It was nearly two weeks ago that Marin Software released a whitepaper which got some discussions and pens going. The whitepaper “Mobile Search Advertising Around The Globe” showed us some impressive numbers which were repeated over and over on several blogs and at SES London last week as well.
And with reason.
Since 2006 we have been talking about ‘the year of the mobile’ and that was even before there was such a thing as the iPhone, let alone tablets. Marin’s report shows that talking about mobile is one thing, doing mobile is another. Where in 2006 we thought the phone would be the mobile device to focus on, now it is the tablets that have our full attention. And it is clear: there is money to be made on mobile (as if you didn’t know right).
Jon Myers, Commercial Director, EMEA at Marin Software emphasis that money can be made mostly on tablets:
“While the rise of tablets is no secret, what’s interesting is based on our report, tablet users engage with search ads more than ads on desktops. A high user involvement combined with favorable performance characteristics make search ads on tablets hard to resist for advertisers.”
Marin looked at a huge dataset of leading brands and advertisers that manage more than $4 Billion in annualised paid-search spend, divided over the most important countries all over the world.
Just a few highlights from the report (which can be downloaded here by the way), find an info graphic below:
· Paid search clicks on mobile devices increased by 65% during 2012
· The report shows that the UK, with a 24.4% share of mobile paid clicks, outstrips the Eurozone +at 14.5%
· The UK has the highest mobile device click through rate (CTR) in Europe, and is only second to the US globally
· During 2012, UK advertisers increased their mobile paid search budgets +from 9.94% to 19.32% , an increase of 94%
· Eurozone advertisers increased their investment in mobile paid search +from 4.8% to 11.8%
· Marin predicts that Cost per click (CPC) for mobile will come in line with desk-top in 2013
· The report indicates that early UK adopter traffic resulted in a 36% increase in the cost per click (CPC) for tablets
Now it will be useless to re-write what is in the whitepaper and in many posts around the web already (see a list of links below this post). What is more interesting is to look at the lessons learned. Here are a few:
If you read the whitepaper the conclusion can be simple: let’s all focus on the tablet. Smartphones in some case had lower conversion rates Marin says, which could indicate that advertising on the phones is not “smart”.
Hold your horses though, the worst thing a marketer can do is just follow one route and go in the direction the first person points towards. Yes, tablets have more conversion, but you have to keep in mind how people are using the devices.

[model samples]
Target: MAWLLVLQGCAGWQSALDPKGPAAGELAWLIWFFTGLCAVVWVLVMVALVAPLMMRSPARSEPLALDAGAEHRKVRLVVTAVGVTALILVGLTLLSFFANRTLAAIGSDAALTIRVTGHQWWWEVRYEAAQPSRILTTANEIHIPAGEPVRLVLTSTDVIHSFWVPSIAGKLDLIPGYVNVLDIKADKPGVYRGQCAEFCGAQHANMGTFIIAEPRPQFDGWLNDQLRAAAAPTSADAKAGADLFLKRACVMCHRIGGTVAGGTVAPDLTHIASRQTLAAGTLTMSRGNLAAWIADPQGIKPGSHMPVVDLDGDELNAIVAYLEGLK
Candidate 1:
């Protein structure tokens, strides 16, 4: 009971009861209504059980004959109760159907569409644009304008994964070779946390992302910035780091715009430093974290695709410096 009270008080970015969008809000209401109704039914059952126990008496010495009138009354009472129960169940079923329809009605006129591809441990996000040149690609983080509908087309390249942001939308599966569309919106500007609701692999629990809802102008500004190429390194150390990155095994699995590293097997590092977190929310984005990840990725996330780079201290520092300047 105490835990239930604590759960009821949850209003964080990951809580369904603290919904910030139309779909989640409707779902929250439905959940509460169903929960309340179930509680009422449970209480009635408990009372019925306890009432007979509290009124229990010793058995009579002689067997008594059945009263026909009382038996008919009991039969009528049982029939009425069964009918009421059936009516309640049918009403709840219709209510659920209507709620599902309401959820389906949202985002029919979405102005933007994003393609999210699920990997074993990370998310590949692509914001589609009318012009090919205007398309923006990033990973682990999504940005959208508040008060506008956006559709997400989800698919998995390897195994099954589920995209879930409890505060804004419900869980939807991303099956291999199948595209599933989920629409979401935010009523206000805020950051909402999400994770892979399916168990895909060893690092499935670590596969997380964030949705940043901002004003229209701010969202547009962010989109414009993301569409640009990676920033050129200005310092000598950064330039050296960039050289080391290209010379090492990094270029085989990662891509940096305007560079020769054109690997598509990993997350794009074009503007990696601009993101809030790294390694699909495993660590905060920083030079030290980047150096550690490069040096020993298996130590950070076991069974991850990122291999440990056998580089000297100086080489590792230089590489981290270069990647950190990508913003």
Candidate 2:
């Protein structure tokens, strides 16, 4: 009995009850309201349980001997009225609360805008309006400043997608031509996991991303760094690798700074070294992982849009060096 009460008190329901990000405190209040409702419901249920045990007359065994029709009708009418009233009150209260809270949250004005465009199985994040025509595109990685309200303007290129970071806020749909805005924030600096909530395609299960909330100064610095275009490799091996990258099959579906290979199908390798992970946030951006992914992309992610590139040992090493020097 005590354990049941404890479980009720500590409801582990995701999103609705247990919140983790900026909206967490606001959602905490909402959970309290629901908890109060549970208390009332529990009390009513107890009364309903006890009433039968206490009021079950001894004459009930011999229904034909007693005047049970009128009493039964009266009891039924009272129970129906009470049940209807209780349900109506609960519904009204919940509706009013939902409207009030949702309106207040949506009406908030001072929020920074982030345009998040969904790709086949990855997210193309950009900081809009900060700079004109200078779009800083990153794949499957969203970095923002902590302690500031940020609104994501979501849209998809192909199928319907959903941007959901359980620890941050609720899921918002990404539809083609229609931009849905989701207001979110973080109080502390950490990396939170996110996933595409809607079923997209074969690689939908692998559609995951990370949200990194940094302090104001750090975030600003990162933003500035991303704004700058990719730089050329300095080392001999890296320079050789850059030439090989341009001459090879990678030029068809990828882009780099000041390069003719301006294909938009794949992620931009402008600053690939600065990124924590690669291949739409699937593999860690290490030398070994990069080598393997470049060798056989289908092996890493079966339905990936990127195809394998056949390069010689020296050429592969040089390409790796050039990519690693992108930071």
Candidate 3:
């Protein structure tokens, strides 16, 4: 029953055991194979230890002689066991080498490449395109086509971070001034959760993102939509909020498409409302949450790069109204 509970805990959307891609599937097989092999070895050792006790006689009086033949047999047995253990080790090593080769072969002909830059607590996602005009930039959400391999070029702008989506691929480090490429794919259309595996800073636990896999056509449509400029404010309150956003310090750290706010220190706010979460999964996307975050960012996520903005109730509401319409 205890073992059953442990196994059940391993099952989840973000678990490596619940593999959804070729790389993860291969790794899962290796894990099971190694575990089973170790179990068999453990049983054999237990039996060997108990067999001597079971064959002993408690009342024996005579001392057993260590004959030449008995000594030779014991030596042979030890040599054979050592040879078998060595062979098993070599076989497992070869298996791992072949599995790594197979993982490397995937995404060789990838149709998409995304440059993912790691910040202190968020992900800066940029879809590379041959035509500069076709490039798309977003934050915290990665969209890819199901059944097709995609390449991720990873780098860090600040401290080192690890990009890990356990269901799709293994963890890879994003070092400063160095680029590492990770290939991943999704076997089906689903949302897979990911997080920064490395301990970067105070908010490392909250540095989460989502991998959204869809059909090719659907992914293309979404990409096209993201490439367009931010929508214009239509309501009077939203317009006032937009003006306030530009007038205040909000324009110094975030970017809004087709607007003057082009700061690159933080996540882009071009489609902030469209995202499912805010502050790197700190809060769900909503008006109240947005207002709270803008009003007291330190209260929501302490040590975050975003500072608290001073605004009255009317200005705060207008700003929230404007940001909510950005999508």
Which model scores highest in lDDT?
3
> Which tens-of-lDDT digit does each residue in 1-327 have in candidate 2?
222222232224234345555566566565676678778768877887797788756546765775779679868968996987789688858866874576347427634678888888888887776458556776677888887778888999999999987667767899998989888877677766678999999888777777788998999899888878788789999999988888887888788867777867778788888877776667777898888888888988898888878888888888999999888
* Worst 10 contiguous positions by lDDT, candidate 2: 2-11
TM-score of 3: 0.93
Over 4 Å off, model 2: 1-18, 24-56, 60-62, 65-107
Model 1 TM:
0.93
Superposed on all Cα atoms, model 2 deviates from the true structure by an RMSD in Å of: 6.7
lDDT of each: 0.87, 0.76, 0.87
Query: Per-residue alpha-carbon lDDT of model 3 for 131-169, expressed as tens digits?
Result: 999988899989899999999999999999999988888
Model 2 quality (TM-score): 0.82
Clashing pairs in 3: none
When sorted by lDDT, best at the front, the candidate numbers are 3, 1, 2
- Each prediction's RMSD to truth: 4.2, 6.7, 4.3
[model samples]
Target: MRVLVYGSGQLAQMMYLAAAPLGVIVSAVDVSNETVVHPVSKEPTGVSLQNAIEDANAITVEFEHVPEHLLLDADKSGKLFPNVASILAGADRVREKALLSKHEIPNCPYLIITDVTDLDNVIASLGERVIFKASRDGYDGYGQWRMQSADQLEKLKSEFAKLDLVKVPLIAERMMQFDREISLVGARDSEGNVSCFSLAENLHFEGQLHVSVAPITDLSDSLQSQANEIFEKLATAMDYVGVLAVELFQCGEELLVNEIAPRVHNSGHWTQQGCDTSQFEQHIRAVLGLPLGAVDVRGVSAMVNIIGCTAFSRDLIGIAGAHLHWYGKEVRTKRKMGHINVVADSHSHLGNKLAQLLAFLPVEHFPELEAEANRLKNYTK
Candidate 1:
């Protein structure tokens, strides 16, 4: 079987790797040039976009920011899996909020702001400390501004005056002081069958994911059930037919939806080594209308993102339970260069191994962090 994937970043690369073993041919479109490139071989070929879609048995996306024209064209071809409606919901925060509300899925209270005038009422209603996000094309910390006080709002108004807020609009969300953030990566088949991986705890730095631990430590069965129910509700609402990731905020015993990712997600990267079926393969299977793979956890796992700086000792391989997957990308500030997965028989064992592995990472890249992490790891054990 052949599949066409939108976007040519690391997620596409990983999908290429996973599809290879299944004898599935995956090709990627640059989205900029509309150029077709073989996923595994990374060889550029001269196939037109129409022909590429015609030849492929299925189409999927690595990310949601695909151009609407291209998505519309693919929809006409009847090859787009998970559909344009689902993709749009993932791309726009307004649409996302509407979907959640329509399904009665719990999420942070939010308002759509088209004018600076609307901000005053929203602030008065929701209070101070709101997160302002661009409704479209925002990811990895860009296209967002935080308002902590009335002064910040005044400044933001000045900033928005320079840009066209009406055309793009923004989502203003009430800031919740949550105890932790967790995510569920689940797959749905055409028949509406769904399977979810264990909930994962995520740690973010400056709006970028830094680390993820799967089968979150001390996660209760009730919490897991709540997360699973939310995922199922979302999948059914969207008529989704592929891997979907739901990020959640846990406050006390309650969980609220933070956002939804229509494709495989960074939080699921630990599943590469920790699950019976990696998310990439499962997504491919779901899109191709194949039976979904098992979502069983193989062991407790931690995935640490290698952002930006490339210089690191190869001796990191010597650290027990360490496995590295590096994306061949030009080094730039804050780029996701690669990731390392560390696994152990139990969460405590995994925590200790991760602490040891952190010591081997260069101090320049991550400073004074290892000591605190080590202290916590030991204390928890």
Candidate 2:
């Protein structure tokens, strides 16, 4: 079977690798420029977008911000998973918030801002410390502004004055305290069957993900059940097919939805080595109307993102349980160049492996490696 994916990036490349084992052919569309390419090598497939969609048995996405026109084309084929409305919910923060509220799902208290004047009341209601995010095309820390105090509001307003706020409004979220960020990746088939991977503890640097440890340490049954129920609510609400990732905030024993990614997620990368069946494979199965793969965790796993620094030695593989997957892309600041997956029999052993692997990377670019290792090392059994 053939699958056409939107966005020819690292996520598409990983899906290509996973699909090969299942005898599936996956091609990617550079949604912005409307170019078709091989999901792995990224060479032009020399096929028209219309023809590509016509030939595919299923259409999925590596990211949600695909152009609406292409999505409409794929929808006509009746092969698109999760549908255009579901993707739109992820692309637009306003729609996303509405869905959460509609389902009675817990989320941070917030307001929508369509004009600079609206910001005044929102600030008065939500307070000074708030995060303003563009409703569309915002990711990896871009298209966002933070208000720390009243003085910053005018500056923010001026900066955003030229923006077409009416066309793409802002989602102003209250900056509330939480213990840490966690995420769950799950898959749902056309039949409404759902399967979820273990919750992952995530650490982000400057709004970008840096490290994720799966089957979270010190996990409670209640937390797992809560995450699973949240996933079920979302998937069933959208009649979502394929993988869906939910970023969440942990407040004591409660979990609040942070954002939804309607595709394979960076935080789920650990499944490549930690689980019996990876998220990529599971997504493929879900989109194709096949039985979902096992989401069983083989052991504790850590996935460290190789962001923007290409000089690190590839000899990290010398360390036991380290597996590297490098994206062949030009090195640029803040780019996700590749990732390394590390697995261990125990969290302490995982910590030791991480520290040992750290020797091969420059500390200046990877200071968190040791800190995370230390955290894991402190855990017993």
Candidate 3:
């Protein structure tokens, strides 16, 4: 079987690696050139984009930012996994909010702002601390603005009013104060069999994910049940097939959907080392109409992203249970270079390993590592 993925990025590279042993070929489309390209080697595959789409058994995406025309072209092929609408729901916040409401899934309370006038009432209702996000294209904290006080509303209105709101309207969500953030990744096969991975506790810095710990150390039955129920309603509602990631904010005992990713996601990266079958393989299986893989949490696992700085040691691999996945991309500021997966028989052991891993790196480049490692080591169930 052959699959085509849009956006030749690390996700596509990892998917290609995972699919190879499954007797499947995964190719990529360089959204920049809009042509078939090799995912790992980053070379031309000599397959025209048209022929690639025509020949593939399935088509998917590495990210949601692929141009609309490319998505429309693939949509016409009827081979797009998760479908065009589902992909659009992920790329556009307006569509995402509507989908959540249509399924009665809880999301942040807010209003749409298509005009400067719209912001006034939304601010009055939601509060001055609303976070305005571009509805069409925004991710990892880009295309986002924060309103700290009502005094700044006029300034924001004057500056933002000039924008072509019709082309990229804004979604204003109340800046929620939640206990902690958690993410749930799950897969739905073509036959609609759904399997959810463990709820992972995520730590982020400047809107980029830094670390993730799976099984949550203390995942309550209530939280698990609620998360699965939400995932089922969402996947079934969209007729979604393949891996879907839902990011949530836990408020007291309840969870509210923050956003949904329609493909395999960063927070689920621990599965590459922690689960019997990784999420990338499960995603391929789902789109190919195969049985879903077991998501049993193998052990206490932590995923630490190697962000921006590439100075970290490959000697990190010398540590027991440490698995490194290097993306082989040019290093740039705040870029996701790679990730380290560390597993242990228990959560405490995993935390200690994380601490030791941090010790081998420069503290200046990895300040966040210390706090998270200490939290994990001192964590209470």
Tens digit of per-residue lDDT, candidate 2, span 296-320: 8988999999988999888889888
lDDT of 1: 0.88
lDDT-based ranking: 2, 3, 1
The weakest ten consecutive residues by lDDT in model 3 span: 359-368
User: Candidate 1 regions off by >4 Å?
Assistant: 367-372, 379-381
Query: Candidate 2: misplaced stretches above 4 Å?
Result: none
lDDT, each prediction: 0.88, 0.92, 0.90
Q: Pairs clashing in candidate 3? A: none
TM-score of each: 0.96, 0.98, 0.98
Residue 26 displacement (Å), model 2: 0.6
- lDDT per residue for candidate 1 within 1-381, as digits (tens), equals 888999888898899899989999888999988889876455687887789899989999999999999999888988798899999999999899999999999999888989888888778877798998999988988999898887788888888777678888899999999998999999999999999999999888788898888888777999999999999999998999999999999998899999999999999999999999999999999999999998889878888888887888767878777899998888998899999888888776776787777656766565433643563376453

A tablet is often used at home in the living room, which will make it more easy for people to actually act on an ad. A phone however is more often used ‘en route’, for example when someone is on the train. Their actions could then be different: not direct buying but bookmarking for example or picking up the phone and calling.
Essence is: their behaviour is different. So advertising on a mobile phone could still work, you just have to offer them different triggers. Which is why Google’s decision to not let you split your campaigns yourself anymore is a very bad thing for marketers. It should be the opposite!
It actually is an ‘open door’ as we call it here in the Netherlands: not every country is the same. Still many get that wrong however. They just do what worked in the US and do the same in the UK, Europe or Brazil or China.
Look at these charts:
It shows that every country is different. Brazil for example, a country which is going forward very fast, still is looking almost solely at the computer, where Australia is embracing tablets and smart phones a lot more.
And if you look at costs that will reflect as well: Brazil is cheaper, Australia more expensive.
The lesson learned here is simple: before targeting a country look at their demographics. What things do they like to do, how urban is a country and how does the costs look compared to what you can expect back.
There are off course more lessons to be learned from this. Marin also writes down some lessons learned in the whitepaper:
1. Break out Mobile Campaigns
2. Target Users with Device-Specific Copy
3. Prioritise Ad Position
4. Optimise the User Experience
5. Track Mobile Conversions
But the most valuable lesson which can be learned is to go mobile, but think first, don’t “just” go there, but specifically target, a few hours worth of research will benefit you more than ‘just go mobile’. So pay attention!
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